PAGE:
Yokohama High School Football 1955

(Offensive Backfield Jon Lynn 17, Chip Lavery 15, Dan 13, Tom Hemingway 14) (Line: Pinky Hart, Gary Porier, Sandy Milwit, Jim Crank, Roy Busby, Pete Orth, Harold Greene)

The team selected Tom Hemingway and Roy Busby co-captains. Tom was also the president of the Yohi student body. Since he had played quarterback at his Texas high school, he worked on my passing, laterals, and fakes until I became the first team quarterback. John Lynn was our fastest halfback and Chip played fullback. Tom played a passing and running halfback who chose all the plays to run in the huddle.

(Click to Zoom Images-Tom running with ball, Dan and Chip blocking)

Our team won every game except to Nihon University in Tokyo. Jon Lynn led the team in touchdowns and yards gained, and Tom was right behind him. On a broken play designed for a handoff to Chip, I scored a touchdown. As the ball came to me from the center, I turned to handoff to Chip but he had started to run wide to the left instead of at the tackle as the play required. Tucking the ball under my left arm, I dashed into hard-bodied line-backers in front of the end zone. They smacked me hard at the goal line, but I managed to drive them back for my first varsity touchdown. Picking myself up from the ground, aching from the collision, I saw Tom approach with a concerned expression. “What happened? That was Chip’s play,” he asked.

He did not want a brother feud and was assured it was not after I explained why I kept the ball to make the most of a broken play. Near the end of the game from defensive end I chased their college fullback down from behind as he went around the opposite end on the sidelines. I surprised him by grabbing his shoulder pads and yanking him down to the ground with a THUMP and jumped over him smiling.

(click to zoom YoHi Football Team 1955)

We won the Japan championship against Narimasu of Tokyo in a game that featured a moment when Tom took over the stage. Narimasu had a linebacker who had attended Yohi the year before who was about Tom’s weight and size. Early in the game we were back on our own five yard line. Tom called a play that failed and he dove for an extra yard. The linebacker kicked Tom and elbowed him on the ground. “Oh, you like to play dirty?” Tom responded, and ran back to the huddle and yelled, “43 on one!” That meant he would run the ball through the “3” hole between left guard and tackle where the Narimasu linebacker stood proudly beating his chest.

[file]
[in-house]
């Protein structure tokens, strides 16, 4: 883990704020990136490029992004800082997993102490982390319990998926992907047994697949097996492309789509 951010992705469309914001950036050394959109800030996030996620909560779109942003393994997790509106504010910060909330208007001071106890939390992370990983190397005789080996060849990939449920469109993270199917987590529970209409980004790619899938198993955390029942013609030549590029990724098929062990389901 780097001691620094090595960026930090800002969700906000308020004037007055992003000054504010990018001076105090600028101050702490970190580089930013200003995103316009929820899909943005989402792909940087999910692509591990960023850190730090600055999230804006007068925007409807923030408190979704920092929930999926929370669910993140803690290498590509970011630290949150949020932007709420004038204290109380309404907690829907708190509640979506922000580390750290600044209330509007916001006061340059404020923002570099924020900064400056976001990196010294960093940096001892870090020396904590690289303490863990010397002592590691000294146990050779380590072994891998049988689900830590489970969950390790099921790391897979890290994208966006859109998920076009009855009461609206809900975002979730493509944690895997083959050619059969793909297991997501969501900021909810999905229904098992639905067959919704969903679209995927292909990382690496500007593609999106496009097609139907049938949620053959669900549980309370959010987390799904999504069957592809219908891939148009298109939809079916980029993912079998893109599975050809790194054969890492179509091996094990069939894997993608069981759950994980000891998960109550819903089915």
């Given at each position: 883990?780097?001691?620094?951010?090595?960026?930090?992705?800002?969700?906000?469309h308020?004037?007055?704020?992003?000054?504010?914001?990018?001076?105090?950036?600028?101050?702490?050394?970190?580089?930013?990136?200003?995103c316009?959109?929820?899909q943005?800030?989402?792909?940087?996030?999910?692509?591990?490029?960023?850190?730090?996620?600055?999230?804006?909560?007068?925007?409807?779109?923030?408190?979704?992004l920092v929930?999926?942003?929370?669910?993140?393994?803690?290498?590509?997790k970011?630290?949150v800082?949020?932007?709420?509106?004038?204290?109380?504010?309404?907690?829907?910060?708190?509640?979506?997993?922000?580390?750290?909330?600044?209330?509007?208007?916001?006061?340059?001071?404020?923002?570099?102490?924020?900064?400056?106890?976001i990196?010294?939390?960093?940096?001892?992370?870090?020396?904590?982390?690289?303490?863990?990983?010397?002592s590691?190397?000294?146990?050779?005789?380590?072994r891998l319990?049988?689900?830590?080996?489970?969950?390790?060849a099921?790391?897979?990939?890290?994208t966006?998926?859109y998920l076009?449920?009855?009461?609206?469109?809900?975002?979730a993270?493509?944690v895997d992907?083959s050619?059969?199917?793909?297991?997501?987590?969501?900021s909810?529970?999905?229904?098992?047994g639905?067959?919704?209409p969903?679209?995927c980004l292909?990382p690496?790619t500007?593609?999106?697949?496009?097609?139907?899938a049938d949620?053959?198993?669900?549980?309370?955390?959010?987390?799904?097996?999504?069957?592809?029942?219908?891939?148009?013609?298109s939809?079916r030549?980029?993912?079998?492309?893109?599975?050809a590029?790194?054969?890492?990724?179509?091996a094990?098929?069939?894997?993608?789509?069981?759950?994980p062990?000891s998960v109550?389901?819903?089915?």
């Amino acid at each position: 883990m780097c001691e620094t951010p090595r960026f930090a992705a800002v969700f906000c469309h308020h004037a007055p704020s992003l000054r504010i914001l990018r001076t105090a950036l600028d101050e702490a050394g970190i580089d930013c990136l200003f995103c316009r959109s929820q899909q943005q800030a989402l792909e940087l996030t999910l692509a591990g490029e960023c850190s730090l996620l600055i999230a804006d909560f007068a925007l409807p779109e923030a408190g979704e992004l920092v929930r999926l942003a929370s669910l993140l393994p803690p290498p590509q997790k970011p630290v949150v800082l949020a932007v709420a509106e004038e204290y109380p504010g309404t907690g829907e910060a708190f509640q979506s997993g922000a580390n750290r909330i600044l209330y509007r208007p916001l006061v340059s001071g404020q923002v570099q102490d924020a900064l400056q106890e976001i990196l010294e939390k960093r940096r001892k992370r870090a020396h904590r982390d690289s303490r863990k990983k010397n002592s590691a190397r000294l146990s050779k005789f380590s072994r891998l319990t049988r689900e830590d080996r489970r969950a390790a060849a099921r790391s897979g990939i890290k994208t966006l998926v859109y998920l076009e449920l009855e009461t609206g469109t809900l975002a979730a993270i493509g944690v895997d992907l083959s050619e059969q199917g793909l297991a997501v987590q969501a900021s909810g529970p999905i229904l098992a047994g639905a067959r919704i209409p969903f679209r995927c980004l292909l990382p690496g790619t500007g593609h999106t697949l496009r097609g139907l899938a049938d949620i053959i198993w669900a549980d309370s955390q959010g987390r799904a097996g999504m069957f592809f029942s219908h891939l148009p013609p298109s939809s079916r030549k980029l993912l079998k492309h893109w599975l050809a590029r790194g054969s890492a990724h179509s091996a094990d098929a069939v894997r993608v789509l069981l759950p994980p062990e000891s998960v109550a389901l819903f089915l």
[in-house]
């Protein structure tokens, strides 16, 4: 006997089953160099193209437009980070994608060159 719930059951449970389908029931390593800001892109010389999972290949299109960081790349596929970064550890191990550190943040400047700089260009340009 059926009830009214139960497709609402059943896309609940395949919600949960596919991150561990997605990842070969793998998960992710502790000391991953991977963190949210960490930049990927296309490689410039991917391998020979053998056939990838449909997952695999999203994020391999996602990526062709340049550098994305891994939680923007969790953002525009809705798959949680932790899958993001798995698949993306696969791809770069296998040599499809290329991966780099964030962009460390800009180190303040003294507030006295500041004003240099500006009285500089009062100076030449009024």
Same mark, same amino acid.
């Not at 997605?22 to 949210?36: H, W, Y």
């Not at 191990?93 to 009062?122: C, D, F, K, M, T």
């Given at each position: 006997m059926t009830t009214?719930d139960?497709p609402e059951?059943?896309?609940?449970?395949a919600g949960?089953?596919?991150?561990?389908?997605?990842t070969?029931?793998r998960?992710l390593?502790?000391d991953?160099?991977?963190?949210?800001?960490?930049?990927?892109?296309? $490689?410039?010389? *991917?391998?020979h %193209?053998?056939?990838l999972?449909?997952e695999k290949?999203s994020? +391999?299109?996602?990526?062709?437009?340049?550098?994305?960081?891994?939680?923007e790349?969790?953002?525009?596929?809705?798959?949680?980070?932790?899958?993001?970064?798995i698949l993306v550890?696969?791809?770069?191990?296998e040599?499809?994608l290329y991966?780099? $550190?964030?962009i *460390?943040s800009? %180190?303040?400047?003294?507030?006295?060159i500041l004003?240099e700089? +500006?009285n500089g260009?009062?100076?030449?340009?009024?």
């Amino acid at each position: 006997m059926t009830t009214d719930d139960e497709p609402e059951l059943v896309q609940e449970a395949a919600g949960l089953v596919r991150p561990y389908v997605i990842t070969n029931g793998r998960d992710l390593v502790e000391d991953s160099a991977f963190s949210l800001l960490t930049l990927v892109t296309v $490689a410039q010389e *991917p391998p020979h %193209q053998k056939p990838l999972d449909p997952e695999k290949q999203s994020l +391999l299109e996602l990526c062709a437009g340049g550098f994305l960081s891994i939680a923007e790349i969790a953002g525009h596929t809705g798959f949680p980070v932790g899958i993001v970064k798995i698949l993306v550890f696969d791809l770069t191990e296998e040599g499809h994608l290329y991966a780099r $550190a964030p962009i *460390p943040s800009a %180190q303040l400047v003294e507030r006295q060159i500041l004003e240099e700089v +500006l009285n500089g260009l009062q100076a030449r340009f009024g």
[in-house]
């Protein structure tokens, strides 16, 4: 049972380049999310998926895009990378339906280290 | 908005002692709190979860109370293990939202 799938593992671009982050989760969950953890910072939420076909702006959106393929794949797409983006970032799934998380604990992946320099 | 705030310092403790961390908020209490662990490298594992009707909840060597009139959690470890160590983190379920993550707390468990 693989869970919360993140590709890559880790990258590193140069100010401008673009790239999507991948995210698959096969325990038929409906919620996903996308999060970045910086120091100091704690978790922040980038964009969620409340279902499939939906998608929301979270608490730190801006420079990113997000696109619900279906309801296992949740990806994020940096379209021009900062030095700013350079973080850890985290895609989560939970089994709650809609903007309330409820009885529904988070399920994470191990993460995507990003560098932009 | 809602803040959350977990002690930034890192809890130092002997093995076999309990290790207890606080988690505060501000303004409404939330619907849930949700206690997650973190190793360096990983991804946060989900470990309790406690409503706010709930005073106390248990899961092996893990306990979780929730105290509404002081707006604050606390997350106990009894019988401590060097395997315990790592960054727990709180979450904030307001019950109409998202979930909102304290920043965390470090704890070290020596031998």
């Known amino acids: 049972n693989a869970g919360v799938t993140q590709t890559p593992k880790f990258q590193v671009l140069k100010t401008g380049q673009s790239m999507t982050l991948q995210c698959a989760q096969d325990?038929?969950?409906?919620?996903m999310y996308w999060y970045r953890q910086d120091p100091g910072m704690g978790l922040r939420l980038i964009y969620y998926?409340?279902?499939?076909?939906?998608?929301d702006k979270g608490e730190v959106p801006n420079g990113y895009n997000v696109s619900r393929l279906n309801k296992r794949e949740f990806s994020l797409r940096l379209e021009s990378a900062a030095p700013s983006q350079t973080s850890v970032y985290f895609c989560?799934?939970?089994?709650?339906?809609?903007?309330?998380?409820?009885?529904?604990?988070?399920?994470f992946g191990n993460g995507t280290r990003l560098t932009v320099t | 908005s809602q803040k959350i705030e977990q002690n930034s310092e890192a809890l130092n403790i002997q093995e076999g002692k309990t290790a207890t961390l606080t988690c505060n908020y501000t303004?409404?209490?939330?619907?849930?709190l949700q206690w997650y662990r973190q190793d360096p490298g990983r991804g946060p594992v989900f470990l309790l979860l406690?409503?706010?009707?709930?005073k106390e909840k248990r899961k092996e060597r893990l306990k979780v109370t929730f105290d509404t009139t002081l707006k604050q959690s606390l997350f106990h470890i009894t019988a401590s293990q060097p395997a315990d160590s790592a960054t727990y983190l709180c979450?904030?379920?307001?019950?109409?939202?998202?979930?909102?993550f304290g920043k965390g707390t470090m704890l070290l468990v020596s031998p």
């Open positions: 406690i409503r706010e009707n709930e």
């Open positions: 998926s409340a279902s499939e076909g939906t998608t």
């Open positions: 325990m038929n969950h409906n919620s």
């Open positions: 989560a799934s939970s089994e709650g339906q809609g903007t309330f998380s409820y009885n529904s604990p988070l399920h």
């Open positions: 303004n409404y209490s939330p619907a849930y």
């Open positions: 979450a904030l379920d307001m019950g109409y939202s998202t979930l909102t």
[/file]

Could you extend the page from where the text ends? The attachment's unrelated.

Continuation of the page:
When Tom yelled “Ready, set, hut one,” I took the ball and stepped toward the “3” hole to my left as Tom barreled through where muscular guard Roy Busby and huge tackle Pete Orth drove open a hole for Tom’s streaking body to bust through. Tom hit the linebacker with his helmet to his chest, churned his feet like a Sherman Tank, knocked the defender back four yards, bull-dozed him again, knocked him to the ground, and then buried his shoulder pad into his grimacing face. CRACK, BAM, THUD was heard by all from Tom’s assault and the brute’s helmet hitting the turf on the 15 yard line. The linebacker’s helmet was turned halfway around from the impact and sweat poured down his dirty worried face.

“Let’s do that again men.” Tom barked so all could hear, “43 on one. Ready, set, hut one.” He zoomed through the "3" hole, lowered his helmet like a bull, raised it into the linebacker’s midsection with all his might as his thick thighs and huge leg muscles dug spikes into the ground and lifted his body into his opponent with maximum force. THWACK! Tom jolted the defender back four more yards, then hit him again with a thunderous blow from his forearms and helmet that threw the linebacker on his back to the 25 yard line, and fell on his chest knocking all the air out of him—WHOOSH!

Unbelievably Tom yelled, “43 on one” again. When it was over we had the ball on the 35 yard line and two teammates dragged the disheveled linebacker off the field. That series was the most dramatic in any sport I had observed. Tom triumphed without playing dirty and advanced our team down the field making one first down after another until we trounced Narimasu for the Japan Championship.

(Click to zoom Images)(Dan running with ball, About to tackle a Narimasu runner,Kneeling with Bux, handing off to Chip)

(Click to Zoom Tico, Our white Chihuahua, the YoHi Mascot)

This entry was posted in Memoir "All the Difference", Non-Fiction, Pictures, Sports, Writings by Daniel C. Lavery. Bookmark the permalink.

About Daniel C. Lavery

Dan’s writing shows his transformation from a child to an athlete and a Duke pre-ministerial student where he began to question ancient and arbitrary dogma. He graduated from Annapolis, navigated a Navy jet, and a ship to Vietnam, fell in love, turned peace activist and a civil rights lawyer for Cesar Chavez's UFW. His memoir, "All the Difference," describes the experiences, some humorous and others deadly, that changed his consciousness from a pawn to an advocate crusading for justice against some of the most powerful forces in America.

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